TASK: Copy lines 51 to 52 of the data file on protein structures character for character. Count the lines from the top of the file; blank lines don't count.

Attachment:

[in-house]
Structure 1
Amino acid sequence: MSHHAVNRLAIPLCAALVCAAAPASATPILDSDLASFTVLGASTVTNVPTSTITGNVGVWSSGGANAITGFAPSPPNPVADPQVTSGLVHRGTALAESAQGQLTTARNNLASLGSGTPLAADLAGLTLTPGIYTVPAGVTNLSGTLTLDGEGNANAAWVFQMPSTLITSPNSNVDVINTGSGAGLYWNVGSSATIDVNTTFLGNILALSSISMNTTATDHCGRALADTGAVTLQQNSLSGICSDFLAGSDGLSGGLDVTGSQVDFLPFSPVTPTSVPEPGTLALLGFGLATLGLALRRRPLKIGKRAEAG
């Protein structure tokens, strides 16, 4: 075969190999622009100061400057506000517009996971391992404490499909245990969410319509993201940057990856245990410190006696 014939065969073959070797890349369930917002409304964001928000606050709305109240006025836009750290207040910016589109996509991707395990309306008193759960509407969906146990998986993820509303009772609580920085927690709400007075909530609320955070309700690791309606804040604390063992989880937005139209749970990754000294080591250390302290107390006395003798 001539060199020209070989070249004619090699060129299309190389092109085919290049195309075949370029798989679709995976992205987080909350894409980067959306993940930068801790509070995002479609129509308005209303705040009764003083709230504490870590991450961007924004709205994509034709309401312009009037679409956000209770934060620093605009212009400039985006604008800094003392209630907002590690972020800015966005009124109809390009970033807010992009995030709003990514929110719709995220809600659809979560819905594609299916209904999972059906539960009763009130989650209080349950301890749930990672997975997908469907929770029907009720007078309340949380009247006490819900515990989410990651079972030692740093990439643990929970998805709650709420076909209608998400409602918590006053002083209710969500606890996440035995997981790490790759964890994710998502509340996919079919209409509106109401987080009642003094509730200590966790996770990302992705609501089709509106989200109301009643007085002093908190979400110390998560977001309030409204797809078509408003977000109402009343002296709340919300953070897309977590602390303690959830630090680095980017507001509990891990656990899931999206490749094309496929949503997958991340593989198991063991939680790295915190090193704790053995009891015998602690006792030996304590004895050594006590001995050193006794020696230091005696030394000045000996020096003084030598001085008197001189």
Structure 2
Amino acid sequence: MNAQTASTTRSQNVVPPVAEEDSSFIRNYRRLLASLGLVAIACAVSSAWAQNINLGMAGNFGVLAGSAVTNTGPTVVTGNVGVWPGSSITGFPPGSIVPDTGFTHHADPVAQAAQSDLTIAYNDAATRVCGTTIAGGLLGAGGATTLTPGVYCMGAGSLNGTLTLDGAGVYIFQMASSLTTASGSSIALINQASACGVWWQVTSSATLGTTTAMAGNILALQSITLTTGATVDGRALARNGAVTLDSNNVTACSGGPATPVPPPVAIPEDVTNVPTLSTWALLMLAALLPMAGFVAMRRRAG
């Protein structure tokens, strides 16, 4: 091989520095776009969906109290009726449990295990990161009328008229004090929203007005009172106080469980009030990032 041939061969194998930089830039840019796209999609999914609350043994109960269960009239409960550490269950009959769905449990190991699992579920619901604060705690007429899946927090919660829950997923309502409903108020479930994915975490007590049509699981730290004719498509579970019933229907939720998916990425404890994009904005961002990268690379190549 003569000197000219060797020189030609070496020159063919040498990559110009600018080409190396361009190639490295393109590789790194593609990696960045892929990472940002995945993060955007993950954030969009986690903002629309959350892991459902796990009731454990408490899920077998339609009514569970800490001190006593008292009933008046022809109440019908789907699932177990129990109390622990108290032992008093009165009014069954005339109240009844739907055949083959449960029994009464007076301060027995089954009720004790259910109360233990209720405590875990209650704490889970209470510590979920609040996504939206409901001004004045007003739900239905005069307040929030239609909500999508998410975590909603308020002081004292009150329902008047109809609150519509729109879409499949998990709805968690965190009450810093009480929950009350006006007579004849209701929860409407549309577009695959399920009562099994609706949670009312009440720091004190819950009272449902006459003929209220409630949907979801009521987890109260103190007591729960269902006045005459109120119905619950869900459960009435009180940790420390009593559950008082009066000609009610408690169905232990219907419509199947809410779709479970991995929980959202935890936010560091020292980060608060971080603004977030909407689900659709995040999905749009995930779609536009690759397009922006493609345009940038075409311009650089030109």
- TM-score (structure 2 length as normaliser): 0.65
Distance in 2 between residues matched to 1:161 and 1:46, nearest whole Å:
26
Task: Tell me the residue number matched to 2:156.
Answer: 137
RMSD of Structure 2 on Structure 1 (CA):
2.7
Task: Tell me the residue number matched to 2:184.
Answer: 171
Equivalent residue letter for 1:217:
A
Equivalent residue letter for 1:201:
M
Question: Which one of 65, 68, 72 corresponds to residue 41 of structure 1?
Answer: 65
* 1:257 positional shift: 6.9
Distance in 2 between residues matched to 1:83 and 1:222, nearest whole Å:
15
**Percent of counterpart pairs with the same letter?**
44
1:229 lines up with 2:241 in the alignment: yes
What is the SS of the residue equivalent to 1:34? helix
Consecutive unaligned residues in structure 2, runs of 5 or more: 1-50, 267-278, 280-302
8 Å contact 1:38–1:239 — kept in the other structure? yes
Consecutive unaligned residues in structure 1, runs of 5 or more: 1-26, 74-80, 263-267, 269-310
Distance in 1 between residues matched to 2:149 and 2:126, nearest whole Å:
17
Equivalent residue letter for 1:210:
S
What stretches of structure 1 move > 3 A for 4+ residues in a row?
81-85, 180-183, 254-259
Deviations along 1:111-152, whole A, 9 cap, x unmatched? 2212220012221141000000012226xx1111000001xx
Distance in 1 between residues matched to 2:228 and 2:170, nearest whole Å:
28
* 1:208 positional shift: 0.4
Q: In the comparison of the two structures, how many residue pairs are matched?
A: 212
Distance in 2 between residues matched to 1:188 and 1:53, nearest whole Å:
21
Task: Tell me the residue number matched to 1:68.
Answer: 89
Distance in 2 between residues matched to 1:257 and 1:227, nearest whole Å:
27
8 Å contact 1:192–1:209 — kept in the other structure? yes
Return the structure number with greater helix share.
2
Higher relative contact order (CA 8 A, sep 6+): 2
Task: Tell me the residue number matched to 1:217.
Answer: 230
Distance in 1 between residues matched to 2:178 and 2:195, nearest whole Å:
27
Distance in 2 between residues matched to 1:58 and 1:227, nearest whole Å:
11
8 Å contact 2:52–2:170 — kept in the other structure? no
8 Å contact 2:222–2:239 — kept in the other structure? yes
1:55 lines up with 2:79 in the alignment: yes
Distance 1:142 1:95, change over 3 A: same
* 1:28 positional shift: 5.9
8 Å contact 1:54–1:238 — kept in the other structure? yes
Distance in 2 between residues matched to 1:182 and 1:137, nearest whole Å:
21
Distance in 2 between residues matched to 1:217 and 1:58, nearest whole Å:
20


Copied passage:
8 Å contact 1:192–1:209 — kept in the other structure? yes
Return the structure number with greater helix share.